Who are these gifted artists that bring together wit, humour and hard environmental truths into something that practically every scientist wants to include in conference presentations? I am inspired by some of these people, as I’m sure are many of you, so I decided to put together a little list of some of today’s better biodiversity cartoonists.

In no particular order of fame, relevance, focus on biodiversity, productivity or otherwise, I present to you my list of 10 great biodiversity cartoonists:

  • I suspect not many living outside of Australia would be familiar with the silly, yet extremely witty cartoons by First Dog on the Moon (also known as Andrew Marlton). I first came across this Melbournian when he was working for the newspaper Crikey, although he recently joined The Guardian Australia. He’s by no means what one would call an ‘environmental’ cartoonist, but there is a fair dose of (mainly Australian) biodiversity content in his cartoons. He is a self-entitled ‘marsupialist’, whatever that means (marsupial fetish, I think). I’ve even had the immense honour of having my own work immortalised in cartoon by this wonderful cartoonist.

© First Dog on the Moon

Read the rest of this entry »





I still fucking love biodiversity

2 06 2014
ifuckinglovebiodiversity © Bastien Laurent

© Bastien Laurent

One year ago, I launched the Facebook page “I fucking love biodiversity” (IFLB) with a post here on ConservationBytes. My goal was to get people talking about biodiversity in a positive and light-hearted way (absolutely no ‘doom and gloom’). Today, IFLB now has about 17500 fans/followers across three social media platforms. It has been an amazing experience.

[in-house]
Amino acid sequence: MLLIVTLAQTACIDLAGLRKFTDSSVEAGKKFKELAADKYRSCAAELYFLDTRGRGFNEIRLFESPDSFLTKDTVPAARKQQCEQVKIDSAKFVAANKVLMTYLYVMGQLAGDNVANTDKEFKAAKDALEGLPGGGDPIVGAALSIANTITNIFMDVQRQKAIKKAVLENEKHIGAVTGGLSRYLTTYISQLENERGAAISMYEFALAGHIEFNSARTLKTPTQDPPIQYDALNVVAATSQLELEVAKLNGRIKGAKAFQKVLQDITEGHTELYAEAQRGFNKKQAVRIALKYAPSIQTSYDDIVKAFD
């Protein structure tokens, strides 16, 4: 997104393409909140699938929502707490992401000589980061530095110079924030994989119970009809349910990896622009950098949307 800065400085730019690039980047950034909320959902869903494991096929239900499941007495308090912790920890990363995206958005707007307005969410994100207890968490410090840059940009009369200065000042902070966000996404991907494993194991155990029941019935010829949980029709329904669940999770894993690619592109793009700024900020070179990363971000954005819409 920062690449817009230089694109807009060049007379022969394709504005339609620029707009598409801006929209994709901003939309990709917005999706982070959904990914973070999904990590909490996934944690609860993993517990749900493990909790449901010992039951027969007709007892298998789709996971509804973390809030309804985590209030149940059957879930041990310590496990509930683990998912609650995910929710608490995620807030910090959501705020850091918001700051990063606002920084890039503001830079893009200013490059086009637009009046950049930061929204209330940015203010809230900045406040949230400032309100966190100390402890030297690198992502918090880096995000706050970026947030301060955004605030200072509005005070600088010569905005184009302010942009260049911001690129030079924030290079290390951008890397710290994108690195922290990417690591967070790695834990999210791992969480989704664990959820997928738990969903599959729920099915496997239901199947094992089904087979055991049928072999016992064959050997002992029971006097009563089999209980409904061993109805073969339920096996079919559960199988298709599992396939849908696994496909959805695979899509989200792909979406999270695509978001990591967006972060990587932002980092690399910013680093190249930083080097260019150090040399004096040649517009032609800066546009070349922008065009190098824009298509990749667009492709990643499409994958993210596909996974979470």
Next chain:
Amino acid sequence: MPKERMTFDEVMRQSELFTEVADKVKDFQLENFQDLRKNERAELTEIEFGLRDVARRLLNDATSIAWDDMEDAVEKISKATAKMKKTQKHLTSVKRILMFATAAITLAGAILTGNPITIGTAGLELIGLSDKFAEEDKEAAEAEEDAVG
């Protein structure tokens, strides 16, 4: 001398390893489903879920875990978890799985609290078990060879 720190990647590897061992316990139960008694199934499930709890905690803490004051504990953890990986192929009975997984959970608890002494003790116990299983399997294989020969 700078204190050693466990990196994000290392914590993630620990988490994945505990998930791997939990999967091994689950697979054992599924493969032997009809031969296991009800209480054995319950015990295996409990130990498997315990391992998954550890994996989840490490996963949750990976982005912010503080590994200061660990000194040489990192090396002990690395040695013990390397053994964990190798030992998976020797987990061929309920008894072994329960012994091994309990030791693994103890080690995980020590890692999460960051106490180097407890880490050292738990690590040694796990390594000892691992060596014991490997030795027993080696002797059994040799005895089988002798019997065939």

I will start by admitting that I created IFLB under the assumption that “if you build it, they will come”. I thought a catchy name, goodwill and a few bells and whistles would land me a huge audience. I was wrong. It took some very serious work. And IFLB is still pretty small in the global social-media landscape.

Gladly, I don’t have to manage IFLB by myself. I have a crack team of admins that share the load. Kudos go to Laure Cugnière, Phoebe Maund, Lydia Tiller and Romina Henriques and our own in-house designer, Hannah Conduit, all of whom work on a totally volunteer basis. Thanks everyone – IFLB wouldn’t be possible without you.

During this last year, I estimate we have invested in IFLB the equivalent of nine working weeks to put out 2-3 posts every single day (yes, xmas and New Years included). That was the first lesson I learned: being part of an effort like this requires serious dedication. Not only because you need to find the most interesting content and the best photos to go with it, but because you also need to ensure all photos have copyright information, that what you are posting is not the result of Photoshop wizardry and of course, that your fans’ comments and messages don’t go unanswered. Read the rest of this entry »